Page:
Several major benefits related to federal employment have been extended to same-sex married couples and their family members over the last year, although policies regarding unmarried domestic partners remain more restrictive.

The U.S. Supreme Court on June 26, 2013 issued its decision invalidating the portion of the Defense of Marriage Act that had defined a marriage, for federal benefits purposes, as only between a man and a woman.

That cleared the way for immediately extending to same-sex spouses major benefits including coverage under the Federal Employees Health Benefits Program and eligibility for a survivor benefit under federal employee retirement annuities. Benefits also were extended under those programs to the children of same-sex spouses who met standard eligibility requirements.

(J. Scott Applewhite/AP)

Those benefits apply regardless of whether the jurisdiction in which the couple is living recognizes same-sex marriage, so long as the marriage was performed in one that did.

The Office of Personnel Management says it does not have data on how many federal employees, retirees and family members those changes affected.

“One significant logistical barrier to tracking this is that any enrollee who had an existing self and family enrollment (say to cover themselves and their children) only had to call their carrier to add their newly eligible same-sex spouse,” a spokesperson said in an e-mail. “OPM has no way to track that because we aren’t involved in the transaction.”

In addition, a same-sex spouse became eligible for Federal Long-Term Care Insurance Program enrollment. Under that program, eligibility already applied to a same-sex domestic partner meeting certain standards.

Also, under a policy issued last October, a federal employee in a same-sex marriage can use Family and Medical Leave Act unpaid leave for a spouse or that person’s child under the same terms as in opposite-sex marriages. OPM on Monday proposed rules to formalize that policy; the Labor Department meanwhile proposed similar rules applying to the private sector.

Further, the Social Security Administration last week updated its policies for spousal and survivor benefits. SSA considers a claimant to be the worker’s spouse for benefit purposes if the state of the worker’s domicile would allow the claimant to inherit a spouse’s share of the worker’s personal property if the worker died without leaving a will.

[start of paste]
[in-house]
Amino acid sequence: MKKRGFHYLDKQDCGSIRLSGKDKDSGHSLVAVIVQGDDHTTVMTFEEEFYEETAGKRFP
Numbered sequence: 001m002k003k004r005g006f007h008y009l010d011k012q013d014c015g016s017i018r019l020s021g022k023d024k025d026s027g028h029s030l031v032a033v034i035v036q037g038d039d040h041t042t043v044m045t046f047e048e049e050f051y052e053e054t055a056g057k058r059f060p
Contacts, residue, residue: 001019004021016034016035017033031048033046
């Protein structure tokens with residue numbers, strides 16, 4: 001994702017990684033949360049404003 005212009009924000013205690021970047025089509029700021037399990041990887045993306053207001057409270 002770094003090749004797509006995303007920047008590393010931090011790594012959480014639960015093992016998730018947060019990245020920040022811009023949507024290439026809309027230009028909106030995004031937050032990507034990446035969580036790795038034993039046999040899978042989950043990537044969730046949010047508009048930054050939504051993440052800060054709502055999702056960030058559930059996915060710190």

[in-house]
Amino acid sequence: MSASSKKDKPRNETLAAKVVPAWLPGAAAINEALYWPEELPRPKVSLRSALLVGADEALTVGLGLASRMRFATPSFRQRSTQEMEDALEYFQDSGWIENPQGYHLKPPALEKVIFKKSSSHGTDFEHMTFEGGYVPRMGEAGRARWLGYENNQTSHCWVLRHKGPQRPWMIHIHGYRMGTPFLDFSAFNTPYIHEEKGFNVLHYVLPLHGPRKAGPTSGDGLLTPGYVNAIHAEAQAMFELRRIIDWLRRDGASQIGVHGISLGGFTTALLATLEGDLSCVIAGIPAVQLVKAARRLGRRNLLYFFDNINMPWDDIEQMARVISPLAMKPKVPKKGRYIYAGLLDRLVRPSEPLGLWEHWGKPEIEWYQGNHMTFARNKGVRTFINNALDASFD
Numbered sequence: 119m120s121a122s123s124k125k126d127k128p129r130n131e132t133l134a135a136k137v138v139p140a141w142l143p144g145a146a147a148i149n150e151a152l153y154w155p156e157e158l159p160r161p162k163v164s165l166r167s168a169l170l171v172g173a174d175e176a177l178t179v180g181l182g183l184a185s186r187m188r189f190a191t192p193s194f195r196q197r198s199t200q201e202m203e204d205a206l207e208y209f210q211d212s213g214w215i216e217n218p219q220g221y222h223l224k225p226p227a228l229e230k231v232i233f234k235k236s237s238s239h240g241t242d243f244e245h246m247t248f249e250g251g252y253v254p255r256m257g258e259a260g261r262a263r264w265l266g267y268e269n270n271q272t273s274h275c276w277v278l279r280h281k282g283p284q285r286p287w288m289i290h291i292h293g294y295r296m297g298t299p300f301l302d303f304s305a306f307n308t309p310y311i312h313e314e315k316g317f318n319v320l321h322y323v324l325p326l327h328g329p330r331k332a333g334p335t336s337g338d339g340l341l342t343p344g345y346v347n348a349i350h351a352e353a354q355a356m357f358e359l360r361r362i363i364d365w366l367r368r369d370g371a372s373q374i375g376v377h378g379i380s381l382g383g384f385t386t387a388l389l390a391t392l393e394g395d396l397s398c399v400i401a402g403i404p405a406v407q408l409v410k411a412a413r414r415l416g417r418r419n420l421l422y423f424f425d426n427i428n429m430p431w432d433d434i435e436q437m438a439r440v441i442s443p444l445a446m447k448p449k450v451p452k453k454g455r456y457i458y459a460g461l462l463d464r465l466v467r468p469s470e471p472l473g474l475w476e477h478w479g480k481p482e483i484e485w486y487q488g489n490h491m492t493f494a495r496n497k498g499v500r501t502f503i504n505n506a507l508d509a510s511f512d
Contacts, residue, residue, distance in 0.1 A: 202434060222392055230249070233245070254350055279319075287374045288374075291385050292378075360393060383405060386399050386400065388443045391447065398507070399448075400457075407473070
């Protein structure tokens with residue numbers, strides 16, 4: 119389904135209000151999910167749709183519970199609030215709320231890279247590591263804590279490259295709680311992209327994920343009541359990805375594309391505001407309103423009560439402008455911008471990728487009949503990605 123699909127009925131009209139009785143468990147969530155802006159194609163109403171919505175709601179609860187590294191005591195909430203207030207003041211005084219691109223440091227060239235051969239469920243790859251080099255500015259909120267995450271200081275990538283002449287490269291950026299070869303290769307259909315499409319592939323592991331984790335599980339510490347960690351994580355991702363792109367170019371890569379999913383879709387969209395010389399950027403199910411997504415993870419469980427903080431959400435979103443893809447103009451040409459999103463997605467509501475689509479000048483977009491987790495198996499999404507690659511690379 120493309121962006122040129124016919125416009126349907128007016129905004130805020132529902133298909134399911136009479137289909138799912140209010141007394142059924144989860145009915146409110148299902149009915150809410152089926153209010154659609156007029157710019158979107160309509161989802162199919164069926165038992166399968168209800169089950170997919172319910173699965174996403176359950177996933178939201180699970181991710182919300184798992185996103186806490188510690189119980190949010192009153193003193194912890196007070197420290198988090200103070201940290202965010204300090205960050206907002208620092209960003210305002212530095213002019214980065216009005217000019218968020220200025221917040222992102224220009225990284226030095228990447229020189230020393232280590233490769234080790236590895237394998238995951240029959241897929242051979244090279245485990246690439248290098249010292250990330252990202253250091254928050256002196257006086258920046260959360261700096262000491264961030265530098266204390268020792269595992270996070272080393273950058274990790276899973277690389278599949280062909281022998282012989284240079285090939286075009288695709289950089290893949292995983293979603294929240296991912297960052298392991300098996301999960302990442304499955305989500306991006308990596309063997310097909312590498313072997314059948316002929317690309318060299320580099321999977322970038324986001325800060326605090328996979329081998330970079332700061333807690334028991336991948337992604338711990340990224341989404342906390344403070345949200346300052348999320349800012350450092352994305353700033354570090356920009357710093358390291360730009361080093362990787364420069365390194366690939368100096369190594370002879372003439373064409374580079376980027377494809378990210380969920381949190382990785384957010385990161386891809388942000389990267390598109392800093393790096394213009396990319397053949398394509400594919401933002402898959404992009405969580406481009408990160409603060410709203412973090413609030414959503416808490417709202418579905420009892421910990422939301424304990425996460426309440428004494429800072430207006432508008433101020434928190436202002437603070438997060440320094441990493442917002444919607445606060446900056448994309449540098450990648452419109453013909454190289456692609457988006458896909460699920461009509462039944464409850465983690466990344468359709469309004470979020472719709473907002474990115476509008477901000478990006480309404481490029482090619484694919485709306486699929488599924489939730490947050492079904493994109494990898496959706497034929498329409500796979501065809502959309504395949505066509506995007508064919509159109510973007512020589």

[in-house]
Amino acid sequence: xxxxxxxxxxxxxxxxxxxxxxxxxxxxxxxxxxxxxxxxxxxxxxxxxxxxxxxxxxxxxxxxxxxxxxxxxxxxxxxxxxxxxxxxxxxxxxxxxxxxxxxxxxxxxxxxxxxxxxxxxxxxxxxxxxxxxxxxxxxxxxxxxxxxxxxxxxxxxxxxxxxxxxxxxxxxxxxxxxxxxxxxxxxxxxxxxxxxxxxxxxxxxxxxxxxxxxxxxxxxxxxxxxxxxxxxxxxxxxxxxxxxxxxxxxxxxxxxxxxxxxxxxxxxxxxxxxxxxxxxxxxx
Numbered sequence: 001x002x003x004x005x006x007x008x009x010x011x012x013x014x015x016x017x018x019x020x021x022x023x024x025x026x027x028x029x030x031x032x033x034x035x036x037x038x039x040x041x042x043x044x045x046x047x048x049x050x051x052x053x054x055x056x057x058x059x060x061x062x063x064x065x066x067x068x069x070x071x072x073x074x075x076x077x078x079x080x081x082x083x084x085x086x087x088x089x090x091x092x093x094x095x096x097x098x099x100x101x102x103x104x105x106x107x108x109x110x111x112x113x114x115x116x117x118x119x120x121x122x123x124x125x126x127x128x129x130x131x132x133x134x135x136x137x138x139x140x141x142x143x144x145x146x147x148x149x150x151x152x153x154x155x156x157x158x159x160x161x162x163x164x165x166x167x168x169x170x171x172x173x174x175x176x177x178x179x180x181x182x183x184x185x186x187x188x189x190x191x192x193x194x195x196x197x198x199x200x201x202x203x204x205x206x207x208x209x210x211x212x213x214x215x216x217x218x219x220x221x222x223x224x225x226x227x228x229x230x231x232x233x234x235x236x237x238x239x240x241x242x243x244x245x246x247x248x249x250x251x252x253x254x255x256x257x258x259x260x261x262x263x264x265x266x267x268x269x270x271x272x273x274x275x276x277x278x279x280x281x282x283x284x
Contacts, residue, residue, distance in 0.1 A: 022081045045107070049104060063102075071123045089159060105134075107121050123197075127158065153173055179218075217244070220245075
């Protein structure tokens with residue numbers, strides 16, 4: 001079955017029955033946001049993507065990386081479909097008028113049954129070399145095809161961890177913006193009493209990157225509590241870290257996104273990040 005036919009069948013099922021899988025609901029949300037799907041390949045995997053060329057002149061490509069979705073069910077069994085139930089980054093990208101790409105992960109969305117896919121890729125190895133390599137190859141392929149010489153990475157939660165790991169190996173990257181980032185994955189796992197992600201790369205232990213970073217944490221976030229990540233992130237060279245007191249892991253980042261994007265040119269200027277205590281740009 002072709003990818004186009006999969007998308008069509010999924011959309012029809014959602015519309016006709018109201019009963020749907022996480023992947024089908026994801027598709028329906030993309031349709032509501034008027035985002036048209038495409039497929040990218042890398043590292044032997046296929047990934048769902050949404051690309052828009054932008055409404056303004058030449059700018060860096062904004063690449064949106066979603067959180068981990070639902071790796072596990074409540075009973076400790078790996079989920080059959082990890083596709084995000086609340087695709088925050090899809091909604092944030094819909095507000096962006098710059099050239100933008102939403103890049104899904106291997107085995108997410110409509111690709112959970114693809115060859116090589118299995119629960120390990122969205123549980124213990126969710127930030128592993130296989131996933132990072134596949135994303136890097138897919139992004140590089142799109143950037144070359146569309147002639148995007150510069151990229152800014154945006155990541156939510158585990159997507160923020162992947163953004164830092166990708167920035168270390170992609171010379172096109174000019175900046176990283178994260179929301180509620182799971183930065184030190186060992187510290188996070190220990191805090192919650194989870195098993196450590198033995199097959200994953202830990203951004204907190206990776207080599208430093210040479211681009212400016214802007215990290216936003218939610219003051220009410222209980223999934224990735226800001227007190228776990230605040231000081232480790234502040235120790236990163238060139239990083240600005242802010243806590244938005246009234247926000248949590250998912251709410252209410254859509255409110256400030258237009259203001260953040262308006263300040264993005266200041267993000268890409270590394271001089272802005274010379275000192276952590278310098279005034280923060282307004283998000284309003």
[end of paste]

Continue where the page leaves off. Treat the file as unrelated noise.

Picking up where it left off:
(Below is an interactive graphic from the Post’s Emily Chow showing where gay marriage is legal, where it has been banned and where it has been challenged.)

More than nine-tenths of current federal employees are covered by Social Security, although about three-fourths of current retirees worked under a program that does not include that benefit.

Even before the decision, both same-sex and opposite-sex domestic partners who meet certain qualifications were covered under some federal employee benefits—for example, using sick leave to care for an ill family member. However, domestic partners of either gender remain ineligible for the two highest-value federal benefits, retirement survivor annuities and health insurance coverage.

Also, some benefits that are available to domestic partners apply only to same-sex, not opposite-sex, partners—for example, eligibility for long-term care insurance and eligibility to cover a child of a partner under health insurance in certain circumstances (even in those cases the partner himself or herself is not eligible).

Prior to the U.S. v. Windsor decision, the reasoning was that opposite sex domestic partners had the option to get married and become eligible for benefits, where same-sex partners didn’t–even if they were married, they wouldn’t have qualified due to DOMA.

“To the extent that there are benefits that we extended only to same-sex but not different-sex domestic partners prior to the Windsor decision, those programs are being reviewed,” the spokesperson said in the e-mail.

The White House earlier this year proposed making domestic partners of either gender eligible for health insurance coverage, but Congress has not taken up that proposal.